The hummers are here.

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The spring bird migration is fast approaching. I hope to get some photos of my guests as they pass through on their way to points northward. Meanwhile, I’ll enjoy the hummers.
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PS While sitting on the porch, watching the hummers, my son and I watched a gorgeous pileated woodpecker eating on one of our trees, and a red-bellied woodpecker was eating on the tree next to it. What a treat!!! The photos don’t do them justice.

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I have to go clean the bird bath now! The guests are arriving early!

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Comments

The hummers are here. — 5 Comments

  1. Have you seen anything besides Ruby Throated? Lots of different kinds of hummingbirds in the west.

    Only Ruby Throated at my feeder so far. But this morning, as we sat on the porch doing math, Seth spied a pileated woodpecker on a tree in the back yard, and in the tree next to that, a downy woodpecker! He’s getting to be a great birder!

  2. OMG. Hummingbirds already. I doubt we’ll see them for a month. May is our prime month for migration.

    I just love your blog. It’s a treat to see the photos and read about life down south.

    Such kind words, Sue. Thanks so much! I hope to get some good bird photos as they come through.

  3. My all time favorite bird is the hummingbird. I used to draw them for my dad to relief carve…then he got better than me and started making tiny wooden hummers, perfectly balanced to hang in our kitchen windows…He always had a love for them that he shared with me. Started with one feeder, then a second, ending with about 6 and at peak times having to refill them more than once a day. He planted a weaping willow tree next to the kitchen window and they loved it!!! they could flit in and out easily. The most incredible experience (next to birthing my son) was standing perfectly still amongst the willow branches and having hummers land on my fingers, head and shoulders. What an incredible experience. At times, we couldn’t sit on the back porch for the multiple dive bombers swooping by as they guarded their territories. There were often as many as 50 to 80 at a time and we would sit for hours watching them. My dad was delighted when he found his first nest, we couldnt belive how tiny the eggs were. He carefully replaced it, but the eggs never hatched. I really miss those days, but thanks for the memories. I think I shall go out and buy a humming feeder, perhaps pass on my passion with my son, ………..Please tell your visitors to stop by for a visit when they move on up north..lol.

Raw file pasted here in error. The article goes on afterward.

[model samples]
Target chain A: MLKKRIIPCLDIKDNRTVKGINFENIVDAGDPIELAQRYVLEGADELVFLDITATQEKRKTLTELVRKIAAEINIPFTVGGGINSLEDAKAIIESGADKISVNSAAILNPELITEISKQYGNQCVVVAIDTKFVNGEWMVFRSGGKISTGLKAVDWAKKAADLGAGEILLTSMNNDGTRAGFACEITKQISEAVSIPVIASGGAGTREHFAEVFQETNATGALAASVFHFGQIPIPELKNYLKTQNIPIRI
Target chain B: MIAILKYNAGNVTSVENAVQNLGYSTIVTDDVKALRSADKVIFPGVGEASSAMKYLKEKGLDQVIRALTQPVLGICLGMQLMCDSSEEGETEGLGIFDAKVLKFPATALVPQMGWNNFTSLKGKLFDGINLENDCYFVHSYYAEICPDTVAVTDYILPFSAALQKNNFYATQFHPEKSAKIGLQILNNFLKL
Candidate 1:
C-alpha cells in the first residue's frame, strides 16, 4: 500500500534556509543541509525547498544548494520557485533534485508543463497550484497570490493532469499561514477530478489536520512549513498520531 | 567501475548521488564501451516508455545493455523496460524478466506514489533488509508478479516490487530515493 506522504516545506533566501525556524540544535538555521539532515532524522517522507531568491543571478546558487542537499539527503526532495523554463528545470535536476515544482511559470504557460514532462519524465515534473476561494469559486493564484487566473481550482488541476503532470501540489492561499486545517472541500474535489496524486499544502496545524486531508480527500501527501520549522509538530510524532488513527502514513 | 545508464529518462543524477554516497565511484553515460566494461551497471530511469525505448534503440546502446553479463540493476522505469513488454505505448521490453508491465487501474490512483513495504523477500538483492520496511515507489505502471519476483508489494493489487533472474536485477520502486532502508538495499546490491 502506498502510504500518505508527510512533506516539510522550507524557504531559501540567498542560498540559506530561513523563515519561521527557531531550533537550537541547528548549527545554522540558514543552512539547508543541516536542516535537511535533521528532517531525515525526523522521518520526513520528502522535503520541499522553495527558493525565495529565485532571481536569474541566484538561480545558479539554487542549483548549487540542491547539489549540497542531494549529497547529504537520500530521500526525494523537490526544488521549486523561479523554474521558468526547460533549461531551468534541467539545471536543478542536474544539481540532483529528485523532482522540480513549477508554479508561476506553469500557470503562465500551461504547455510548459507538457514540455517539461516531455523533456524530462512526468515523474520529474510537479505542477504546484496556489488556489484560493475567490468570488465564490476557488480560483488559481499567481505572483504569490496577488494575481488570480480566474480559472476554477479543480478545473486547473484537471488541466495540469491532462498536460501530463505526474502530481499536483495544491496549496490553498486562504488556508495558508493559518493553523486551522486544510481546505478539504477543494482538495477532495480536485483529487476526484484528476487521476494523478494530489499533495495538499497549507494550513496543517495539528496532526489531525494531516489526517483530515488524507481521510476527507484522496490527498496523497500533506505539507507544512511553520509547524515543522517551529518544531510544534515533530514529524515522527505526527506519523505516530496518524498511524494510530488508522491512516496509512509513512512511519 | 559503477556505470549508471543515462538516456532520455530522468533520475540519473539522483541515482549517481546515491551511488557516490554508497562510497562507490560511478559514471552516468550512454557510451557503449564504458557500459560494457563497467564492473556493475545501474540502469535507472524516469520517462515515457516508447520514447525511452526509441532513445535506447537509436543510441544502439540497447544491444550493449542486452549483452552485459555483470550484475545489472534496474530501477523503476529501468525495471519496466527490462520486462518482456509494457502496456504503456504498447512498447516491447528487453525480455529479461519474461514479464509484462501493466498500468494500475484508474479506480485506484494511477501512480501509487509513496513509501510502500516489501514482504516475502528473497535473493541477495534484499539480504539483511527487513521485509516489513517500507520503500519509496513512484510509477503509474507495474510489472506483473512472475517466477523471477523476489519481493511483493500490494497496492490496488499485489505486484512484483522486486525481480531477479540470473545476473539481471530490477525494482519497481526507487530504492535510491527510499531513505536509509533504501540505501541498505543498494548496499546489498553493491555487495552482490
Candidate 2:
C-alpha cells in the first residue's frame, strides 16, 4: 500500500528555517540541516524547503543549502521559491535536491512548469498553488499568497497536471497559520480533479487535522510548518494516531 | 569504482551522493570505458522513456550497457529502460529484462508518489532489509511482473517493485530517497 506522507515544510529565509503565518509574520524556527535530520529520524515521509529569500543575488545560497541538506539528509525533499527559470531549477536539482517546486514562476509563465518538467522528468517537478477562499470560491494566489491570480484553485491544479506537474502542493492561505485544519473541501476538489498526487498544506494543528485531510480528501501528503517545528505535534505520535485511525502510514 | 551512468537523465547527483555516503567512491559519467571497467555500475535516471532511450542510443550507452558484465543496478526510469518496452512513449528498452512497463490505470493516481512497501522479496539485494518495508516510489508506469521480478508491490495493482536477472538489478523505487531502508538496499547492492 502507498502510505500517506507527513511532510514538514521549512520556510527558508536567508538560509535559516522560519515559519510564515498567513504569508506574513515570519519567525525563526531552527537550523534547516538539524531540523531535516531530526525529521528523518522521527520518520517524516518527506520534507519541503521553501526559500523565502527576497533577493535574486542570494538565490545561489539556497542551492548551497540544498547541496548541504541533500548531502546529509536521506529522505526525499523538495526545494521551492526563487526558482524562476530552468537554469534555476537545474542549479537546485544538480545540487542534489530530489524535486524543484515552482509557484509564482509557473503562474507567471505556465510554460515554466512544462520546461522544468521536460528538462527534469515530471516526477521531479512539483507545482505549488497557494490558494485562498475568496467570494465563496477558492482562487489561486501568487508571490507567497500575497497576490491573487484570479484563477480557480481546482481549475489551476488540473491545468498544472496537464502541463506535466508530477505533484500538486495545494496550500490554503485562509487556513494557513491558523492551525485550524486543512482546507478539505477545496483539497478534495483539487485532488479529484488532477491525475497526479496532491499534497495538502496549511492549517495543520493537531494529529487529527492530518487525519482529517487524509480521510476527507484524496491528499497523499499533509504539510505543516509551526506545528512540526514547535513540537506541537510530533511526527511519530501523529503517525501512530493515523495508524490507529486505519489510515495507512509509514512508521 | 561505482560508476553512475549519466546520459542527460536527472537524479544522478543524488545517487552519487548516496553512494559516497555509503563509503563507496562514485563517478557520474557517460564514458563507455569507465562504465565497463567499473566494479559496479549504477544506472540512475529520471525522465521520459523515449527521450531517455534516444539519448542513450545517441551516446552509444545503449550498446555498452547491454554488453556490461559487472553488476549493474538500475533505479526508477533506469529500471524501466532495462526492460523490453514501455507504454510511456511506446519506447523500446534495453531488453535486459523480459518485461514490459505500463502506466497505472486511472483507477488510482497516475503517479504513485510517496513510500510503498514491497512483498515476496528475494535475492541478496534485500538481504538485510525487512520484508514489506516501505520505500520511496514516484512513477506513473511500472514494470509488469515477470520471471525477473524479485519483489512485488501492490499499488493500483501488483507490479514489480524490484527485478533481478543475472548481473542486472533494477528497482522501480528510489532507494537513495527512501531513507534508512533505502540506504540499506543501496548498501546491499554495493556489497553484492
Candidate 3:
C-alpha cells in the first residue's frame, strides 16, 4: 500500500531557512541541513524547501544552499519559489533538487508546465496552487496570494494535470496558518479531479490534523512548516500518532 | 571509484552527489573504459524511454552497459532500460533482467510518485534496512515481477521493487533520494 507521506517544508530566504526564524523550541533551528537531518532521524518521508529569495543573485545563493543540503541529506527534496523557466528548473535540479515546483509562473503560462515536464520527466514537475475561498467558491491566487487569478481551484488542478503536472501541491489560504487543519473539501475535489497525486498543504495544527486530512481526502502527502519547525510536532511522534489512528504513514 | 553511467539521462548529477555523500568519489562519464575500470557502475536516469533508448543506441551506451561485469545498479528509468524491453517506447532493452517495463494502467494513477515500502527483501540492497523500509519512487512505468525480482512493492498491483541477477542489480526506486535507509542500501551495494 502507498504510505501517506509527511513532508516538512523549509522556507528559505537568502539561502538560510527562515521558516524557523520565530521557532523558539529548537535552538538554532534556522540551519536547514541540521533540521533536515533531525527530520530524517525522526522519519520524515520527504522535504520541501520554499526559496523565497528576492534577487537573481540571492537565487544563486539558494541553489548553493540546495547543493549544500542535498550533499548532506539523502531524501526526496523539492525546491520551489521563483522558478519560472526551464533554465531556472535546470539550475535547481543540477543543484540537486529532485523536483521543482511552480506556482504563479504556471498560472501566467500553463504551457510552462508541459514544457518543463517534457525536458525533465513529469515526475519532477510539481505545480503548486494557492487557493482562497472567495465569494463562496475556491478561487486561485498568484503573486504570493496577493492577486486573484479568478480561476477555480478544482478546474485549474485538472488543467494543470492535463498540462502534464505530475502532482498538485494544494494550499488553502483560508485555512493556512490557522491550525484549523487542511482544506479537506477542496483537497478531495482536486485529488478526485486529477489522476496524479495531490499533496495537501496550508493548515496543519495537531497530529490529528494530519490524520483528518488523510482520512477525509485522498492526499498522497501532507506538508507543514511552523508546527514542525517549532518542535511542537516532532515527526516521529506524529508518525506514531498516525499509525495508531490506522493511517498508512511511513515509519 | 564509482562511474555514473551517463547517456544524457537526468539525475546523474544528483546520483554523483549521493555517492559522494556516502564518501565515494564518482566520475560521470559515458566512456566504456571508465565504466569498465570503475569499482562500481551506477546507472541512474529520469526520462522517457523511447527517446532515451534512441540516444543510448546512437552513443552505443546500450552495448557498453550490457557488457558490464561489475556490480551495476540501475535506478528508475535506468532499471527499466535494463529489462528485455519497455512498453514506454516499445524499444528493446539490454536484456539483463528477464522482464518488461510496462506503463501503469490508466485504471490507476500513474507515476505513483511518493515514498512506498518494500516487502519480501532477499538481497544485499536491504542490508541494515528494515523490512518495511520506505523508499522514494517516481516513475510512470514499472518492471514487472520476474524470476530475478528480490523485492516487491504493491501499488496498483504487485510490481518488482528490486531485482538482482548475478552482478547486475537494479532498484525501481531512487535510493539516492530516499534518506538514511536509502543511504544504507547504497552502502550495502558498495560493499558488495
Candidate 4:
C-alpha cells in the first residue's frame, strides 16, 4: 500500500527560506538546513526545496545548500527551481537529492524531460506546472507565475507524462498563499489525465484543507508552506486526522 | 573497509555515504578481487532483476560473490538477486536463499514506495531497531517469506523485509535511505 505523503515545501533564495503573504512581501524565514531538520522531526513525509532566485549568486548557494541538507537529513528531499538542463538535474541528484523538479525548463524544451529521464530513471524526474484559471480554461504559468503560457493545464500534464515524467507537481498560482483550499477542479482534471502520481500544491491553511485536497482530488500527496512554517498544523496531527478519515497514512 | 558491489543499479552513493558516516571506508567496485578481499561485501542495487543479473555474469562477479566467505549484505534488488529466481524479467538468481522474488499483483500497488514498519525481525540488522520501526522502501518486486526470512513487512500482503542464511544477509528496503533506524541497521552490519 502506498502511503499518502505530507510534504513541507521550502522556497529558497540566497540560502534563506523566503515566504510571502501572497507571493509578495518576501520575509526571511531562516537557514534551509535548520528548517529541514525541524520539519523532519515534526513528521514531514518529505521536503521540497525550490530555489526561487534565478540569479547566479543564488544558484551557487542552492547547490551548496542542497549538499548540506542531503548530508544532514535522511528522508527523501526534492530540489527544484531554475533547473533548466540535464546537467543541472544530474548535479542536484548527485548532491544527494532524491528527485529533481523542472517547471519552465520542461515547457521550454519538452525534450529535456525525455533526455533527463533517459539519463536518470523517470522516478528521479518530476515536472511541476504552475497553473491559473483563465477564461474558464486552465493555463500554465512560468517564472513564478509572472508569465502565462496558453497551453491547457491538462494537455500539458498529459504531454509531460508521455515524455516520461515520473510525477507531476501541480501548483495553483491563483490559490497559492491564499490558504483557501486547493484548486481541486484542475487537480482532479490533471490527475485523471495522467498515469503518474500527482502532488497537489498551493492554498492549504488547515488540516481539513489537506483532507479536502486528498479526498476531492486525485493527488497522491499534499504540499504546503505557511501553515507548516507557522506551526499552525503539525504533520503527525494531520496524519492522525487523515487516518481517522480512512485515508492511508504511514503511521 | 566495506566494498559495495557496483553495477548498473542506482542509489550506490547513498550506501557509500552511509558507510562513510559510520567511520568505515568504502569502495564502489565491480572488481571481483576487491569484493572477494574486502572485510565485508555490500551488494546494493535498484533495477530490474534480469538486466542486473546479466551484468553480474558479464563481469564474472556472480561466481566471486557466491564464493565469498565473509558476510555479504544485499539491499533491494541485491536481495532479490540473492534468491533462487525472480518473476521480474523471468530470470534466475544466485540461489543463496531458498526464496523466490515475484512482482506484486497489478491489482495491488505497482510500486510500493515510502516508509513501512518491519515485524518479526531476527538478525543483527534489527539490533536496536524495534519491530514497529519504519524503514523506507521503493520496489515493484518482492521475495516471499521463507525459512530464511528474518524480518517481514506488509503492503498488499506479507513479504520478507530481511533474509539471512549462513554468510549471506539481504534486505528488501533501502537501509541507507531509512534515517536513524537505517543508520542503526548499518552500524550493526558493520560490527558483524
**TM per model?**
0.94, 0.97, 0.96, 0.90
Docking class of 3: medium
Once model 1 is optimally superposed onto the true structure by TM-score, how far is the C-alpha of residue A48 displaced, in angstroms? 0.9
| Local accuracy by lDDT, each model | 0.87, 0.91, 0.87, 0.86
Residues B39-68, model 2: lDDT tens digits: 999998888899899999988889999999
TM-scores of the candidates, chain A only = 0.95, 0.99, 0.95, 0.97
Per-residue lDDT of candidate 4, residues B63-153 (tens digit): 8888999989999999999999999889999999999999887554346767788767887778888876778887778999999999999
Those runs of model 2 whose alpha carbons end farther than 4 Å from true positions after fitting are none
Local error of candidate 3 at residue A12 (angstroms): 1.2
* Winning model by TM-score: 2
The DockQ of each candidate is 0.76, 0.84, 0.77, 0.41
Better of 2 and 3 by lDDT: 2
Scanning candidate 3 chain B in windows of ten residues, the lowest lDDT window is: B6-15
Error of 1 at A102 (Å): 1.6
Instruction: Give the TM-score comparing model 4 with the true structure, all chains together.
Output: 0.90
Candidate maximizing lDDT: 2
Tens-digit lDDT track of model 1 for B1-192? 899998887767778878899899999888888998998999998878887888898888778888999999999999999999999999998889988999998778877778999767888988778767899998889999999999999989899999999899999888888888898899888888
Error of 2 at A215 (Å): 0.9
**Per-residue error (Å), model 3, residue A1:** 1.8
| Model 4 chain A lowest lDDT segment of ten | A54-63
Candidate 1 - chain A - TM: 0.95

Always, ALWAYS, enjoy your posts. Sorry for the irratic visits, weird shift schedules lately.
    Deb in TX

  4. What timing….I just had my first visitor today and had to rush out to fill the feeder. The polite hummer hung around until I replaced it. I have one hummer that came back every year.

  5. We named him Pee Wee because he had a stubby tail and was the tiniest of them all. One day my cat swatted him to the ground and I scooped him up. I couldn’t find any outward signs of injury but I called an emergency vet to ask what I should do. The vet. said it was in shock and probably wouldn’t live. Put it in a box, with a lamp for warmth, a perch so it could stand and food. I topped the box with a food strainer, placed the box in the bathroom and prayed.

    Next morning I made my hubby check on him because I was too afraid to do it myself. He was doing great and even drank some of the food. I released him and he hovered in front of my face before flying away.

    He returned for several years and would get very close to my face and twitter at me.

    True story.

    Thanks, KB, for that wonderful story!

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